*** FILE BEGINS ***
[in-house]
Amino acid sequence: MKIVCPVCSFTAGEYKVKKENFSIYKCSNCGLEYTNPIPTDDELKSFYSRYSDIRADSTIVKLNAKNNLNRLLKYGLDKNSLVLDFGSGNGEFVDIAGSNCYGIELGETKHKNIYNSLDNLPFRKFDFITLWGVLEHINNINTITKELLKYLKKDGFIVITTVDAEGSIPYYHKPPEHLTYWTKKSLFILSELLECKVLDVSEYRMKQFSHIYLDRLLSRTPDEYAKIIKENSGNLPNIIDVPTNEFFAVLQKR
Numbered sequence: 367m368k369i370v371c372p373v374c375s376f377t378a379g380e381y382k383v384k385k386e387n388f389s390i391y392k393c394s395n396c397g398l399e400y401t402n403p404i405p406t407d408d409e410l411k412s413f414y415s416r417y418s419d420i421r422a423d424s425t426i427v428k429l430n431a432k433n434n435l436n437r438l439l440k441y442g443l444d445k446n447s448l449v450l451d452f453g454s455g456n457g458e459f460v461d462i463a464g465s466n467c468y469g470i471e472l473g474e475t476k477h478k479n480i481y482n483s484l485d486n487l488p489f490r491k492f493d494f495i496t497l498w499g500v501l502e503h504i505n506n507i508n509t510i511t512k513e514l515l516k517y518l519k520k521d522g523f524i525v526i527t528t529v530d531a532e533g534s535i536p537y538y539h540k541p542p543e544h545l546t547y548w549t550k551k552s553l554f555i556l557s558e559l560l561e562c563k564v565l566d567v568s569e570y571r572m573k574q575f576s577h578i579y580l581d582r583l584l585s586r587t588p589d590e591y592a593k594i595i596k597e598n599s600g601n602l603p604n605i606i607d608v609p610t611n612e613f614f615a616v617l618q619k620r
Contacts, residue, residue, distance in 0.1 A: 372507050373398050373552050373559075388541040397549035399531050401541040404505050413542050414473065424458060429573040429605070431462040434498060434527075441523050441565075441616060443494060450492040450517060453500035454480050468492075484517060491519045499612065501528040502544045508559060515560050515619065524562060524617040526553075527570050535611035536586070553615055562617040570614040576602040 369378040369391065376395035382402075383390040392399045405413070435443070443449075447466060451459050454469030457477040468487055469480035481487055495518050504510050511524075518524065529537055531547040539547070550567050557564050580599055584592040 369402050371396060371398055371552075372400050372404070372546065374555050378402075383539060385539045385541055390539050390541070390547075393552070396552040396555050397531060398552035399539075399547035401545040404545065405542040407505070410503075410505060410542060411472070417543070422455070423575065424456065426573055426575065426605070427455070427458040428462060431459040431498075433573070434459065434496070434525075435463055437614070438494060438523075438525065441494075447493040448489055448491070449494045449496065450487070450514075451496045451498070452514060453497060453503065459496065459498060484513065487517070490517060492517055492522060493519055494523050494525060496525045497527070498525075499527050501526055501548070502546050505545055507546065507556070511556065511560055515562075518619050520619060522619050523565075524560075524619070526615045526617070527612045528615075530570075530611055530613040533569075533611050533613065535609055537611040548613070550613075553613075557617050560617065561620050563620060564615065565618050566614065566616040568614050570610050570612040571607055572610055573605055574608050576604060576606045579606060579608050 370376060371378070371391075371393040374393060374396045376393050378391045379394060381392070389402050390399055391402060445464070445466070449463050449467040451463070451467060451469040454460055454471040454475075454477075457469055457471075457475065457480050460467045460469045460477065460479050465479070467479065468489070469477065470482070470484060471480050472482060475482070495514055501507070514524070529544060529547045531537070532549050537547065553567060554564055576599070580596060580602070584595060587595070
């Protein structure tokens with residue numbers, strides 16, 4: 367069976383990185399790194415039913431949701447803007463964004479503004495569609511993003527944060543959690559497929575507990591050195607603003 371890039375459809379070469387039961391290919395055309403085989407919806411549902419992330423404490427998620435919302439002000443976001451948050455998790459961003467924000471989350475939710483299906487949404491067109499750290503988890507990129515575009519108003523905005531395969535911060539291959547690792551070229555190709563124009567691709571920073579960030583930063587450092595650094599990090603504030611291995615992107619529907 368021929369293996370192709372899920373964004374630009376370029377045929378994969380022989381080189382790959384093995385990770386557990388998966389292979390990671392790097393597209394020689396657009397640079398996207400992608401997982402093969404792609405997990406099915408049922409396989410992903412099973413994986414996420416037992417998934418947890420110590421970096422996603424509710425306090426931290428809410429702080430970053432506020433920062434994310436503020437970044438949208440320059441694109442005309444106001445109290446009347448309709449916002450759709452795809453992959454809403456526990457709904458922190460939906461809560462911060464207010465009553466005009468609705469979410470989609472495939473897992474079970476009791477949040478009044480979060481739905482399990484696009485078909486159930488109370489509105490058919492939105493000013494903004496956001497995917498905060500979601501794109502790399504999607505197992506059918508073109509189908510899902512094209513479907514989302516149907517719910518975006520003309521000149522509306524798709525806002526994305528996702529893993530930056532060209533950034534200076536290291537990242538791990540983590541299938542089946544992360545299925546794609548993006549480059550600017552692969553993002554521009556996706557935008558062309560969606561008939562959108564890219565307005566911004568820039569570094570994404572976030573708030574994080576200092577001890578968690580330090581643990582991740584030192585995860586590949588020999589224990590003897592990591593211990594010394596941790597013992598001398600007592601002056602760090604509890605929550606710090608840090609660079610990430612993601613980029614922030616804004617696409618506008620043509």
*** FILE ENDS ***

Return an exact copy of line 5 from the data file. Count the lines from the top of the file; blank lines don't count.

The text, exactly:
């Protein structure tokens with residue numbers, strides 16, 4: 367069976383990185399790194415039913431949701447803007463964004479503004495569609511993003527944060543959690559497929575507990591050195607603003 371890039375459809379070469387039961391290919395055309403085989407919806411549902419992330423404490427998620435919302439002000443976001451948050455998790459961003467924000471989350475939710483299906487949404491067109499750290503988890507990129515575009519108003523905005531395969535911060539291959547690792551070229555190709563124009567691709571920073579960030583930063587450092595650094599990090603504030611291995615992107619529907 368021929369293996370192709372899920373964004374630009376370029377045929378994969380022989381080189382790959384093995385990770386557990388998966389292979390990671392790097393597209394020689396657009397640079398996207400992608401997982402093969404792609405997990406099915408049922409396989410992903412099973413994986414996420416037992417998934418947890420110590421970096422996603424509710425306090426931290428809410429702080430970053432506020433920062434994310436503020437970044438949208440320059441694109442005309444106001445109290446009347448309709449916002450759709452795809453992959454809403456526990457709904458922190460939906461809560462911060464207010465009553466005009468609705469979410470989609472495939473897992474079970476009791477949040478009044480979060481739905482399990484696009485078909486159930488109370489509105490058919492939105493000013494903004496956001497995917498905060500979601501794109502790399504999607505197992506059918508073109509189908510899902512094209513479907514989302516149907517719910518975006520003309521000149522509306524798709525806002526994305528996702529893993530930056532060209533950034534200076536290291537990242538791990540983590541299938542089946544992360545299925546794609548993006549480059550600017552692969553993002554521009556996706557935008558062309560969606561008939562959108564890219565307005566911004568820039569570094570994404572976030573708030574994080576200092577001890578968690580330090581643990582991740584030192585995860586590949588020999589224990590003897592990591593211990594010394596941790597013992598001398600007592601002056602760090604509890605929550606710090608840090609660079610990430612993601613980029614922030616804004617696409618506008620043509």